Nov. 10, 2002
By Dwight Chapin
San Francisco Chronicle
Dennis Awtrey learned a valuable lesson from Dick Garibaldi, his basketball coach at Santa Clara University.
"He taught me to be the pounder, not the poundee," Awtrey said.
Awtrey spent three terrific seasons as the pounder in college, a rugged rebounder for some of the best teams in Bronco history, and then nearly 12 serviceable years in the NBA.
Now he's 54, retired and living in Phoenix and apparently none the worse for all that wear.
On Wednesday, Awtrey will be inducted into the San Jose Sports Hall of Fame along with ex-Cal quarterback Craig Morton, former A's third baseman Carney Lansford, golfer Betty Hicks and Olympic hammer thrower Ed Burke.
The honor seems entirely appropriate for Awtrey, who as a 6-10, 240-pound center out of Blackford High in San Jose teamed with the Ogden brothers, Bud and Ralph, to lead Santa Clara to a 22-4 record in 1967-68 and a school-best 27-2 in 1968-69.
Both seasons, the Broncos made the NCAA Tournament, but had the misfortune of running into mighty UCLA and a guy then named Lew Alcindor in the regionals each time, losing 87-66 and 90-52.
Awtrey's luster survived the shellackings, however.
He was West Coast Conference Player of the Year in 1968-69 and 1969-70 and an All-American in 1970, and he averaged 19.9 points and a school-record 13.5 rebounds in his Bronco career.
Drafted by Philadelphia, he went on to play nearly 800 games with six NBA teams, usually in a supporting role, and was on the Seattle SuperSonics' championship team in 1978-79.
His favorite team was his second one, the Chicago Bulls of 1973-74.
"Dick Motta was the coach then, Jerry Sloan and Norm Van Lier -- two throwback guys -- were at guards, Chet Walker and Bob Love at forwards and Clifford Ray, Tom Boerwinkle and I were at center," he said. "Later, I spent four years with the Phoenix Suns, and reached the NBA finals in 1976 with a good, solid, overahieving team, so that was very memorable, too."
But Awtrey's fondest basketball memories probably are of his college years.
He has maintained friendships with teammates like the Ogdens and Kevin Eagleson and Bronco coaches like Carroll Williams and Dick Davey.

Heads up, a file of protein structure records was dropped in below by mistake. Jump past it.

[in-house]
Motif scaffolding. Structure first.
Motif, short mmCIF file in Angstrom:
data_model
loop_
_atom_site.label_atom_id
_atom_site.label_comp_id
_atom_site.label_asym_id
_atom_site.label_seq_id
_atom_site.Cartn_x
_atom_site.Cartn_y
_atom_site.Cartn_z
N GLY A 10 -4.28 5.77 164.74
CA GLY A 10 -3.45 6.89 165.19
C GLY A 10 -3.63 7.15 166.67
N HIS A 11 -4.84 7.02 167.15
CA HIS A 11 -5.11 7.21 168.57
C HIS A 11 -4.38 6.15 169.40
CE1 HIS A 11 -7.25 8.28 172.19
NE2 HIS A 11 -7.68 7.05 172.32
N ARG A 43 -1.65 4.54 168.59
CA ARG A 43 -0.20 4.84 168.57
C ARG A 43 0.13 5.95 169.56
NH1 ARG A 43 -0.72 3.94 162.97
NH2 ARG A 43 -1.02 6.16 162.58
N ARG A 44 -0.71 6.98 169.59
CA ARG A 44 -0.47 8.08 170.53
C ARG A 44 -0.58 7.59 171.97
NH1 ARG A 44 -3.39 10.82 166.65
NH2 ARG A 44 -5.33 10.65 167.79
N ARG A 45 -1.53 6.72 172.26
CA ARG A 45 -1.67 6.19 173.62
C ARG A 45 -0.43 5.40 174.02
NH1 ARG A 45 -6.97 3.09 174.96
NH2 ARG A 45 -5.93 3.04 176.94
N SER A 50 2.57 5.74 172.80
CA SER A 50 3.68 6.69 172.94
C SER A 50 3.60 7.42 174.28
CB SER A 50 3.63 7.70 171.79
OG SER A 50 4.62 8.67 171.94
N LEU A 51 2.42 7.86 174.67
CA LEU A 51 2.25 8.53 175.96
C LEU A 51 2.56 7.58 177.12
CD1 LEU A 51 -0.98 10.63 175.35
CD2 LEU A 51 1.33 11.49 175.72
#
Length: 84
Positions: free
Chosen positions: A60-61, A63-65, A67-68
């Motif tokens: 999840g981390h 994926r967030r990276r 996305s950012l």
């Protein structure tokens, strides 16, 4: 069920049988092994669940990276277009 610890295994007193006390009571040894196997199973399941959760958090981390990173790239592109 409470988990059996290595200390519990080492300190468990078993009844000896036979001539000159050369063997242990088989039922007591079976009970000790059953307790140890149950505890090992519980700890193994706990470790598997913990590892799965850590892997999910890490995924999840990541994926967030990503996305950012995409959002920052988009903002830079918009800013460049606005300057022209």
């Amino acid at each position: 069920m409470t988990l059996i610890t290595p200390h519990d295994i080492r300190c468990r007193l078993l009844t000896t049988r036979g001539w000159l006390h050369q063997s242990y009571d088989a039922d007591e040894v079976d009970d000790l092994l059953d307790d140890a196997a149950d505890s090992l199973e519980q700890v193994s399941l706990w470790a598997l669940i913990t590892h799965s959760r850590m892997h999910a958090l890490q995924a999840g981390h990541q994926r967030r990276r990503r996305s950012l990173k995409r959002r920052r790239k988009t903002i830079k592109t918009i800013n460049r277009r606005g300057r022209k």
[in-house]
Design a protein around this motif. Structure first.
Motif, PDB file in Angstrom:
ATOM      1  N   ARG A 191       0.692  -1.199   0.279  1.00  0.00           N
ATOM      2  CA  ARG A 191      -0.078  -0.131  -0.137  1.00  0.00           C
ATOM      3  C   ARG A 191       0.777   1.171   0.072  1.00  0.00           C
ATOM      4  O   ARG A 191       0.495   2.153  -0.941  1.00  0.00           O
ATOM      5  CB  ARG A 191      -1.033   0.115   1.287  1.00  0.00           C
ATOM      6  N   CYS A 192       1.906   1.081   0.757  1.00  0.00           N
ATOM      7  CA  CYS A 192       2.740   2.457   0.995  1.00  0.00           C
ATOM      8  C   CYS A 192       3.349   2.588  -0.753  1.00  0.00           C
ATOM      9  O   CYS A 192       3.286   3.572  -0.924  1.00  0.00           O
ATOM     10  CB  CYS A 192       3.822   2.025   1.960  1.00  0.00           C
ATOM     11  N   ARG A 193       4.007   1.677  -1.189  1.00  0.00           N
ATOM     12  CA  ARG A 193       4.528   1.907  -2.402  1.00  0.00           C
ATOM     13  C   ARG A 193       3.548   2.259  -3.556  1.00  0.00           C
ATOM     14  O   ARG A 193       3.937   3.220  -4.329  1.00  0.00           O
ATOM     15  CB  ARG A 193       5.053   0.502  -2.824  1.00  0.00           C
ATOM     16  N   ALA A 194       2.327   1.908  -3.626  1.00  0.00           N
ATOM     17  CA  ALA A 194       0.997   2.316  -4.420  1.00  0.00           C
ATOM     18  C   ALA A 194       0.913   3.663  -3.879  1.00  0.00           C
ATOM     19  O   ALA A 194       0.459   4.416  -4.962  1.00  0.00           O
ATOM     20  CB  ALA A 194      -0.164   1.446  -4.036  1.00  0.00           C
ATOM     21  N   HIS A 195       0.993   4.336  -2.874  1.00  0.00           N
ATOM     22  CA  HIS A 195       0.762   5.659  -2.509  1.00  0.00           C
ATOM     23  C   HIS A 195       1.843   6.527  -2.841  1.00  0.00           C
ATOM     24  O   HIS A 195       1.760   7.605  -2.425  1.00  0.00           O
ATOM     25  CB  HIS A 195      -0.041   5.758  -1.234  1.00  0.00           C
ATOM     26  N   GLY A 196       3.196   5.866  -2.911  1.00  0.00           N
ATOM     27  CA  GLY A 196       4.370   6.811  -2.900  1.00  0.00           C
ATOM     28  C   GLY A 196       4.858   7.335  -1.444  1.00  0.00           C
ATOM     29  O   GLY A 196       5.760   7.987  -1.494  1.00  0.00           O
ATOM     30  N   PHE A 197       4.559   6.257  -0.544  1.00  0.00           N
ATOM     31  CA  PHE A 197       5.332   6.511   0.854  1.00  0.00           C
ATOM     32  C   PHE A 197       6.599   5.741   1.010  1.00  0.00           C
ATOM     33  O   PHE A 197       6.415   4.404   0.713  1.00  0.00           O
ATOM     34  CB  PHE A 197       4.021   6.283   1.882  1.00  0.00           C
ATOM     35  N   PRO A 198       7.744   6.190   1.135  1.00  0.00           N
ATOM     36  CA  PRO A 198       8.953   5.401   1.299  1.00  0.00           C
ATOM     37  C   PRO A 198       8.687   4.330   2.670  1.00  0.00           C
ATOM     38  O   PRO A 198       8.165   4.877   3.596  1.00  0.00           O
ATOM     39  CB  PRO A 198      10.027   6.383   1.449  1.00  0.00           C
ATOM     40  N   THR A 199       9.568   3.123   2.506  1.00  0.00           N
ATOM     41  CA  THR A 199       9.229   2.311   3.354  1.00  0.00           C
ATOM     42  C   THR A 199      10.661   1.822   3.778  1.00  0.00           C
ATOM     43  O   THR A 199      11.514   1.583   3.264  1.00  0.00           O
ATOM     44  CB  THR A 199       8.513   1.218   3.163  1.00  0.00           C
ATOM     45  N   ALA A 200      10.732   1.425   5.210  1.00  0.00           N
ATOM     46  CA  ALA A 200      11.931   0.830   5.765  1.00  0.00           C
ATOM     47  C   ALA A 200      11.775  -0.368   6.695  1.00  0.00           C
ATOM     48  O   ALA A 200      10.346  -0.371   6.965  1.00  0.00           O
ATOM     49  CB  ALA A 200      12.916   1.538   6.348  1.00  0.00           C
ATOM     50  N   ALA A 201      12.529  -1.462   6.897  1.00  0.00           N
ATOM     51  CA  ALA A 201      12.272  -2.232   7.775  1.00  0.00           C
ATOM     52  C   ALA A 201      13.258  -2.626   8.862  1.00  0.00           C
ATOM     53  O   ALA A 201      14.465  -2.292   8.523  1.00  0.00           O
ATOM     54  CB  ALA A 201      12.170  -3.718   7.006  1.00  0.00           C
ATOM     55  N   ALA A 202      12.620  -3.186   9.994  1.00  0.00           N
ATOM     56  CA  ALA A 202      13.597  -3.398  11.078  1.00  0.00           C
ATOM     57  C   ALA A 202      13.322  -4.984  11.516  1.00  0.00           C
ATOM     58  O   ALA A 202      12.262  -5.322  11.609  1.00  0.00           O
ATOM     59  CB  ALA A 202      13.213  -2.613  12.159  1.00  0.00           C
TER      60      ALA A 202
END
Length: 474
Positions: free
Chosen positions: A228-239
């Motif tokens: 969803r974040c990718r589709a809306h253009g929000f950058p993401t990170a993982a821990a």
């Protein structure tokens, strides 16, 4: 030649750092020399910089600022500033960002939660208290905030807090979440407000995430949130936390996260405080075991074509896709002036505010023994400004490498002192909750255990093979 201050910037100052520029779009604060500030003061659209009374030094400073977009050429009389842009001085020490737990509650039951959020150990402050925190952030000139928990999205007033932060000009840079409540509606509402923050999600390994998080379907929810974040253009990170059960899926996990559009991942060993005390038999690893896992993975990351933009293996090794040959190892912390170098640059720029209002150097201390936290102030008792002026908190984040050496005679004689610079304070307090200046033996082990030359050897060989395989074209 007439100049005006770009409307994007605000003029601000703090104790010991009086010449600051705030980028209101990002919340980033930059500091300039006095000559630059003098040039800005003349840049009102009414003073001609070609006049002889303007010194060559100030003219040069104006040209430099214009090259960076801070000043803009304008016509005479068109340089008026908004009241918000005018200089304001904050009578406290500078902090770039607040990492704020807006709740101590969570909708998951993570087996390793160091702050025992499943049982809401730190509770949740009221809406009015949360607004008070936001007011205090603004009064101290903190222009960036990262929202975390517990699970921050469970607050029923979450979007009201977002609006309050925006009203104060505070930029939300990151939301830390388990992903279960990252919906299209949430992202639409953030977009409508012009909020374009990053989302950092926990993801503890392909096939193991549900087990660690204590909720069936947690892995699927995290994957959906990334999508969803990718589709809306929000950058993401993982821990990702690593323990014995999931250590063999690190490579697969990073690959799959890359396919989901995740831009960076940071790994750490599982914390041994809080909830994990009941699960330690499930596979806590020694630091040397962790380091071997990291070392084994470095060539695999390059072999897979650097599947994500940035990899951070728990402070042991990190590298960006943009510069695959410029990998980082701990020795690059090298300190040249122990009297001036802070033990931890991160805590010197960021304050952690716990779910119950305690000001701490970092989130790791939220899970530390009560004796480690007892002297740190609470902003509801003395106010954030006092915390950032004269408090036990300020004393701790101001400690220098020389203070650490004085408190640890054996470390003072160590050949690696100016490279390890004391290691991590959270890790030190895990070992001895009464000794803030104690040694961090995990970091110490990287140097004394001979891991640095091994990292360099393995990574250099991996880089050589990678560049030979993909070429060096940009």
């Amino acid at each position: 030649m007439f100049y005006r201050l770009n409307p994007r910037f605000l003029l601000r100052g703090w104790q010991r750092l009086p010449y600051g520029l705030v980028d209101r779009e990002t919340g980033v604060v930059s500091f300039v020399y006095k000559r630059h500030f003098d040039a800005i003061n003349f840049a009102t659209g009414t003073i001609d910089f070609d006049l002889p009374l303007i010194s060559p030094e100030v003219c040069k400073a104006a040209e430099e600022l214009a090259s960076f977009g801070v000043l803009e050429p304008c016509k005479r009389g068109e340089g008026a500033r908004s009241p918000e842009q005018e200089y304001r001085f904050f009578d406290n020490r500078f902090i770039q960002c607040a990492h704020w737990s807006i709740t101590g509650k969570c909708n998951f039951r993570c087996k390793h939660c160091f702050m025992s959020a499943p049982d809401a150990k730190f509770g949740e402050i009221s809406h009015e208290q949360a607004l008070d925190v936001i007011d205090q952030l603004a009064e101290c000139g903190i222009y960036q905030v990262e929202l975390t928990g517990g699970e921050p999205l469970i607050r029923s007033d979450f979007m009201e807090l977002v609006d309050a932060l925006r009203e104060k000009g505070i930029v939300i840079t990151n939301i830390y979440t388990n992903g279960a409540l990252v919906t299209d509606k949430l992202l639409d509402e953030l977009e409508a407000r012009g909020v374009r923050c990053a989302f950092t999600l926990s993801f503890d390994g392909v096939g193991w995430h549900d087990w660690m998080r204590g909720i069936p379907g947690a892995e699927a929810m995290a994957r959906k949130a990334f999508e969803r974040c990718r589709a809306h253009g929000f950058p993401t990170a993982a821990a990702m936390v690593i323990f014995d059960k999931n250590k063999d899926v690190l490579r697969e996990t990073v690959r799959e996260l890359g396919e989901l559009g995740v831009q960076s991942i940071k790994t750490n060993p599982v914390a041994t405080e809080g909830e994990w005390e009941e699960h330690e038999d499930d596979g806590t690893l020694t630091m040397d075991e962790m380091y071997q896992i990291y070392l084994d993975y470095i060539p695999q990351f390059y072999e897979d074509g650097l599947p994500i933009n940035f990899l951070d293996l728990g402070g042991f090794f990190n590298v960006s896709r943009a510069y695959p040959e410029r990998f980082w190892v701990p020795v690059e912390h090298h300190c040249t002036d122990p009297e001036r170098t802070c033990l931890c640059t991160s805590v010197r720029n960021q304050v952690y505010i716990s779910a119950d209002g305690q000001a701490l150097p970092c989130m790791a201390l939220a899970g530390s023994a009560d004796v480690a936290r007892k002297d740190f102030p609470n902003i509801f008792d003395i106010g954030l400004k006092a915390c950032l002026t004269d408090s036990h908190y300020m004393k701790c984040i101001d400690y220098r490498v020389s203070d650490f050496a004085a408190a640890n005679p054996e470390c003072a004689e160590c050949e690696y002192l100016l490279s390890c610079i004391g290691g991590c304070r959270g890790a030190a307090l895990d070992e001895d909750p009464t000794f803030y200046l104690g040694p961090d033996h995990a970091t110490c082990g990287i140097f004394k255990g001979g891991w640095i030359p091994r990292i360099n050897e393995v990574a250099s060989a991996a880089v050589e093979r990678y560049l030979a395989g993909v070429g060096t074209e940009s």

"We had so much fun as a team," he said. "We were a bunch of role players. There was no jealousy, particularly. At least from my point of view, everybody sacrificed, and Dick Garibaldi was a great coach for that. He inspired a lot of loyalty. And he wouldn't take something that he didn't think was right."
Basketball was such a big part of Awtrey's life for so long that he says when he retired early in the 1981-82 season, "I missed the competition. I really enjoyed basketball, and as much as anything, it was the competition of it."
Awtrey, who has a grown daughter, Trista, and son, David, held a variety of jobs after basketball, including representing a golf equipment manufacturer and selling commercial real estate.
"But I never found something I couldn't truly do without," he said, "so I decided to try high school coaching and teaching, 30 years after I left high school. I had to get a teaching certificate, and the job was hard work. I got to the point where I was saying to myself, 'I really don't have to do this -- do I still want to do it?' It was so demanding that I wasn't doing anything else I wanted to do."
So he retired, and in April of 2001 he married his second wife, Peggy, and they have been remodeling a 1920s-era house in Phoenix.
He returns to the Bay Area now and then to attend basketball events like the Cable Car Classic and play in charity golf tournaments.
But the trip to the hall of fame Wednesday will be something special.
"I'm really honored by this," he said